Lisa A. Sturtevant PhD is Assistant Research Professor at the George Mason University School of Public Policy in the Center for Regional Analysis and Stephen S. Fuller PhD is the Director of the Center for Regional Analysis
Over the next 20 years the Washington metropolitan area will add more than a million net new jobs. At the same time the region will need 1.8 million replacement workers to fill jobs vacated by retirees and others. Where will all these future workers live?
As of 2010 the Washington metropolitan area was more dependent on non-resident workers—workers coming in daily to work from places outside of the region—than any other metropolitan area in the country. Currently about 230000 of the Washington area’s workers commute into the region from places like Baltimore the Eastern Shore Richmond and West Virginia.
These workers take their income back to their homes in jurisdictions outside of the region. As a result the region loses more than $18 billion of its gross regional product (GRP) to places outside the metro area – places where that money is spent and taxed. If current commuting patterns continue the Washington area’s dependence on non-resident workers will account for a loss of $68 billion (in 2010 dollars) from the regional economy in 2030. The number of workers commuting into the region every day could increase to 700000. In addition hundreds of thousands of commuters will commute from the jurisdiction where they live to the jurisdiction where they work.
The Washington metro area now ranks number one in congestion delays according to the most recent report from the Texas Transportation Institute. The region clearly does not have the financial capacity or the land to build its way out of this looming transportation problem.
A principal source of the region’s transportation problems is the inadequate supply of housing within the region to house its workforce. If there is not a sufficient supply of housing in the region to house our future workers the consequences will be enormous—higher home prices and rents insufferable congestion on our roadways unsupportable demands on our transit systems and increased dependency on non-resident workers. Housing the workforce is key to the Washington region being able to sustain its economic vitality and achieve its economy growth potential.
The George Mason University Center for Regional Analysis generated employment-driven forecasts of housing need between 2010 and 2030. If each jurisdiction provided enough housing to accommodate all of its future workers the Washington metro area needs to add 731457 net new housing units between 2010 and 2030. Supplying this amount of housing will require the construction of about 36500 net new housing units each year regionwide an annual pace of construction never before seen in the region and below what local jurisdictions have accounted for in their comprehensive plans. This amount of housing—while substantial—is still only a share of the new housing that will be needed to accommodate both the 1.05 million net new workers and the 1.8 million replacement workers coming to the area.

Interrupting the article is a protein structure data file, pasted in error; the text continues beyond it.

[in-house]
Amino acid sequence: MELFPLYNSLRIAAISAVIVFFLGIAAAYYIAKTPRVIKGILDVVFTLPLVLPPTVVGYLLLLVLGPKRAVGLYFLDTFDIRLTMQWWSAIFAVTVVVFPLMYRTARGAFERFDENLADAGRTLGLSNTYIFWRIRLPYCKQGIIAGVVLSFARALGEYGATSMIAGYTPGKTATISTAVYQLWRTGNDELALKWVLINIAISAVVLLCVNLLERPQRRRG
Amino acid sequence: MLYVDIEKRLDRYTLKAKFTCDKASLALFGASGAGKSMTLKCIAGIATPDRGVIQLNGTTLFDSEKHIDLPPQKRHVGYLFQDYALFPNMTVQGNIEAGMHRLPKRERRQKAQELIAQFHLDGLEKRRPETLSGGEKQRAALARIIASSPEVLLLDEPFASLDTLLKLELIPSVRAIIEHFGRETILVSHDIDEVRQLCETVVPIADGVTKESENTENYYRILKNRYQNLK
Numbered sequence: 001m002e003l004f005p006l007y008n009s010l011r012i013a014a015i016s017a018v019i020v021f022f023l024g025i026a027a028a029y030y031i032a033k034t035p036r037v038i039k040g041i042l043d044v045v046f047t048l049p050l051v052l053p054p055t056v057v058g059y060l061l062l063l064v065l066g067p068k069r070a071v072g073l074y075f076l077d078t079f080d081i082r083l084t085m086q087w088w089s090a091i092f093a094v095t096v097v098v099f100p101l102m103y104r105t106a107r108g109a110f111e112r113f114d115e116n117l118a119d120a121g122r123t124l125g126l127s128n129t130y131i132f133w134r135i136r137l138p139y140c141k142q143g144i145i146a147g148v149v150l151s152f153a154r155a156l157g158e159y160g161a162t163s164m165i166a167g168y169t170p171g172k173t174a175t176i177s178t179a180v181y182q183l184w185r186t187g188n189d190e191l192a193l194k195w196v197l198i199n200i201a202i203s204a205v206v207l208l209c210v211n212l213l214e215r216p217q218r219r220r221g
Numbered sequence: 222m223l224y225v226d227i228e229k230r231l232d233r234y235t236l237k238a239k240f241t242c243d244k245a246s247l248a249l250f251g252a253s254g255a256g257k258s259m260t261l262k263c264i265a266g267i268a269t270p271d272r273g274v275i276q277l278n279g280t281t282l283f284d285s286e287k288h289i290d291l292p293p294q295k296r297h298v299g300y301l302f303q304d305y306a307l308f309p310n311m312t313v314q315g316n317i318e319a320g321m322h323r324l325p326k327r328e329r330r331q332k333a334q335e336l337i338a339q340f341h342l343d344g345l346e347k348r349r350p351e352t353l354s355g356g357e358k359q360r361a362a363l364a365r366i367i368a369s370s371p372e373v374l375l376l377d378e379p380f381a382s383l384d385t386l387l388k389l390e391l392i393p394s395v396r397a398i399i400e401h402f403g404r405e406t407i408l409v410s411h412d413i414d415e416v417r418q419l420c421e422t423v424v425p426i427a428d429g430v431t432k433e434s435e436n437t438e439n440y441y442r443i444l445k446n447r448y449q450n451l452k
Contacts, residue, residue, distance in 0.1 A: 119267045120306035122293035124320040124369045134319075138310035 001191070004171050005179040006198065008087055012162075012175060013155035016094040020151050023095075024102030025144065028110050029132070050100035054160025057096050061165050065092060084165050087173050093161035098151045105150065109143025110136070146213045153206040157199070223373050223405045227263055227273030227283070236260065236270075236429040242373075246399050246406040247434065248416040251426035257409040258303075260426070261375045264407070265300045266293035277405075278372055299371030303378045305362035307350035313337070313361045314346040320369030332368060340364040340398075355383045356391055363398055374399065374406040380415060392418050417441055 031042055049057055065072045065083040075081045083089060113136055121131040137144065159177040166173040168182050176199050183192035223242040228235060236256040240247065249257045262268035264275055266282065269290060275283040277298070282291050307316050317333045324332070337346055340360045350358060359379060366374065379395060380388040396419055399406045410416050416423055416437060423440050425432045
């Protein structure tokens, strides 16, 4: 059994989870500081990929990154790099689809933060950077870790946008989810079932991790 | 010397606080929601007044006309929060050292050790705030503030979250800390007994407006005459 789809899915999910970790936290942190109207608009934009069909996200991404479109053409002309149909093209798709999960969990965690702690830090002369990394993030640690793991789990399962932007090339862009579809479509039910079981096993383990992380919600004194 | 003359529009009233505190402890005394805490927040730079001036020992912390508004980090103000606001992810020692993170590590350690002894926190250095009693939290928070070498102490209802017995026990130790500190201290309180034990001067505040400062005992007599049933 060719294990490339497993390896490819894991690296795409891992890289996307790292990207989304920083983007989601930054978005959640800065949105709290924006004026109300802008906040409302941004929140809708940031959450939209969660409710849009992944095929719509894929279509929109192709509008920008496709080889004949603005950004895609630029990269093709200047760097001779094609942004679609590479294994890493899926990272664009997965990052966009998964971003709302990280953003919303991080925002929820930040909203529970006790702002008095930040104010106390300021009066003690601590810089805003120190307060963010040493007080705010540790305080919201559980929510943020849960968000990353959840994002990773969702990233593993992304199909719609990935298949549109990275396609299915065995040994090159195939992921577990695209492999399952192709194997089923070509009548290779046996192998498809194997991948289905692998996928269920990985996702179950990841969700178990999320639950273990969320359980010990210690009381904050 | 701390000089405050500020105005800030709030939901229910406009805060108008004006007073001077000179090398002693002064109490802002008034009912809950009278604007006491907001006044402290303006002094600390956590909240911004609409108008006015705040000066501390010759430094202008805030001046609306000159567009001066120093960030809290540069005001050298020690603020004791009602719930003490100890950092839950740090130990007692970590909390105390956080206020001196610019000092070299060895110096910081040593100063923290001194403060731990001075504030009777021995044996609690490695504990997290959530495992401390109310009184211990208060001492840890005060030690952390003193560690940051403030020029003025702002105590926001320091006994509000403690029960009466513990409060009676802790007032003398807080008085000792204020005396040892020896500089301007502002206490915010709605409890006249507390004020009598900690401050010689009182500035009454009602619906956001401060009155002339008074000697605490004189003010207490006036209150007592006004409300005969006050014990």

The region’s future workforce will demand more multi-family and rental units and more moderately-priced housing—both owner and renter. The current housing stock is split at about 67% single-family and 33% multi-family. The region’s future workforce will need housing that is 40% single-family and 60% multi-family. There will need to be substantial changes in builders’ approaches to new home construction and local governments’ policies for guiding residential development in order to accommodate this needed growth.
These jobs-driven housing demand forecasts have several implications for local governments builders economic development professionals and employers in the region:
Local jurisdictions are planning for an insufficient amount of housing to accommodate future workers.
More housing is needed closer to jobs in existing and growing regional employment centers.
There is a need for more multi-family housing and smaller more affordable owner and renter homes in the region.
A lack of a sufficient supply of housing contributes to worsening traffic and quality of life and threatens our region’s economic vitality.
What is your perspective on the relationship among housing transportation and economic growth in the Washington DC metropolitan area? How can we provide a sufficient supply of housing—in the right places of the right types and with the right prices/rents—to support our region’s future economic growth?